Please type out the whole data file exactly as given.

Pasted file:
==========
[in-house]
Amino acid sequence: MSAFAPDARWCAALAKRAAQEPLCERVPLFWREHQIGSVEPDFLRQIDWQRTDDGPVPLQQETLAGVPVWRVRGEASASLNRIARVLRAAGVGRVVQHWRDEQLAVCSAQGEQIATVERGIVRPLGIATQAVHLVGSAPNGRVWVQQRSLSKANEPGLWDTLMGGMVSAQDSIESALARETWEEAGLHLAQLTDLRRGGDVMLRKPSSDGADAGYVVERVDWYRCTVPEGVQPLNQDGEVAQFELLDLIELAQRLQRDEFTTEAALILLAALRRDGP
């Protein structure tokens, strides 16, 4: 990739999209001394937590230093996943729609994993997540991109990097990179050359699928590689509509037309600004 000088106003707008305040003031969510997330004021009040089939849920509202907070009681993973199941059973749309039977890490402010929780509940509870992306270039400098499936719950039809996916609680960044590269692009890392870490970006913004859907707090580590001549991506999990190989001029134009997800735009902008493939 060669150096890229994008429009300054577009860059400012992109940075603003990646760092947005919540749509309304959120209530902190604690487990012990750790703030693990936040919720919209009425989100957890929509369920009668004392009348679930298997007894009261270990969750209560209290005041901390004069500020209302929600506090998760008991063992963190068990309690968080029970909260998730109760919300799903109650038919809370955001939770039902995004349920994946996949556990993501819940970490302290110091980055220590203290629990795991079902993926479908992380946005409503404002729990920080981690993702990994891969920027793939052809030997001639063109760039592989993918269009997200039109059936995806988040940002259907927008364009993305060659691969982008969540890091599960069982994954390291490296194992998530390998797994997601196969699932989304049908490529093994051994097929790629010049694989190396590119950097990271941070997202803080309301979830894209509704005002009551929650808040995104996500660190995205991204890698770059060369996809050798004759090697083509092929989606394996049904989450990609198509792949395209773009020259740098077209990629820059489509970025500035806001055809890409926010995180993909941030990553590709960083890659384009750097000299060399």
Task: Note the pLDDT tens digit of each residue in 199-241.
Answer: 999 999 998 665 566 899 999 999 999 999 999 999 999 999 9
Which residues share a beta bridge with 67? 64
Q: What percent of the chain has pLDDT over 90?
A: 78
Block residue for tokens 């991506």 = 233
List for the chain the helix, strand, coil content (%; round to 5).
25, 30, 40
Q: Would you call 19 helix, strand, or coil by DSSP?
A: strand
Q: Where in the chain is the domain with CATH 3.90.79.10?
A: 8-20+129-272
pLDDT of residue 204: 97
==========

[in-house]
Amino acid sequence: MSAFAPDARWCAALAKRAAQEPLCERVPLFWREHQIGSVEPDFLRQIDWQRTDDGPVPLQQETLAGVPVWRVRGEASASLNRIARVLRAAGVGRVVQHWRDEQLAVCSAQGEQIATVERGIVRPLGIATQAVHLVGSAPNGRVWVQQRSLSKANEPGLWDTLMGGMVSAQDSIESALARETWEEAGLHLAQLTDLRRGGDVMLRKPSSDGADAGYVVERVDWYRCTVPEGVQPLNQDGEVAQFELLDLIELAQRLQRDEFTTEAALILLAALRRDGP
């Protein structure tokens, strides 16, 4: 990739999209001394937590230093996943729609994993997540991109990097990179050359699928590689509509037309600004 000088106003707008305040003031969510997330004021009040089939849920509202907070009681993973199941059973749309039977890490402010929780509940509870992306270039400098499936719950039809996916609680960044590269692009890392870490970006913004859907707090580590001549991506999990190989001029134009997800735009902008493939 060669150096890229994008429009300054577009860059400012992109940075603003990646760092947005919540749509309304959120209530902190604690487990012990750790703030693990936040919720919209009425989100957890929509369920009668004392009348679930298997007894009261270990969750209560209290005041901390004069500020209302929600506090998760008991063992963190068990309690968080029970909260998730109760919300799903109650038919809370955001939770039902995004349920994946996949556990993501819940970490302290110091980055220590203290629990795991079902993926479908992380946005409503404002729990920080981690993702990994891969920027793939052809030997001639063109760039592989993918269009997200039109059936995806988040940002259907927008364009993305060659691969982008969540890091599960069982994954390291490296194992998530390998797994997601196969699932989304049908490529093994051994097929790629010049694989190396590119950097990271941070997202803080309301979830894209509704005002009551929650808040995104996500660190995205991204890698770059060369996809050798004759090697083509092929989606394996049904989450990609198509792949395209773009020259740098077209990629820059489509970025500035806001055809890409926010995180993909941030990553590709960083890659384009750097000299060399």
Task: Note the pLDDT tens digit of each residue in 199-241.
Answer: 999 999 998 665 566 899 999 999 999 999 999 999 999 999 9
Which residues share a beta bridge with 67? 64
Q: What percent of the chain has pLDDT over 90?
A: 78
Block residue for tokens 């991506």 = 233
List for the chain the helix, strand, coil content (%; round to 5).
25, 30, 40
Q: Would you call 19 helix, strand, or coil by DSSP?
A: strand
Q: Where in the chain is the domain with CATH 3.90.79.10?
A: 8-20+129-272
pLDDT of residue 204: 97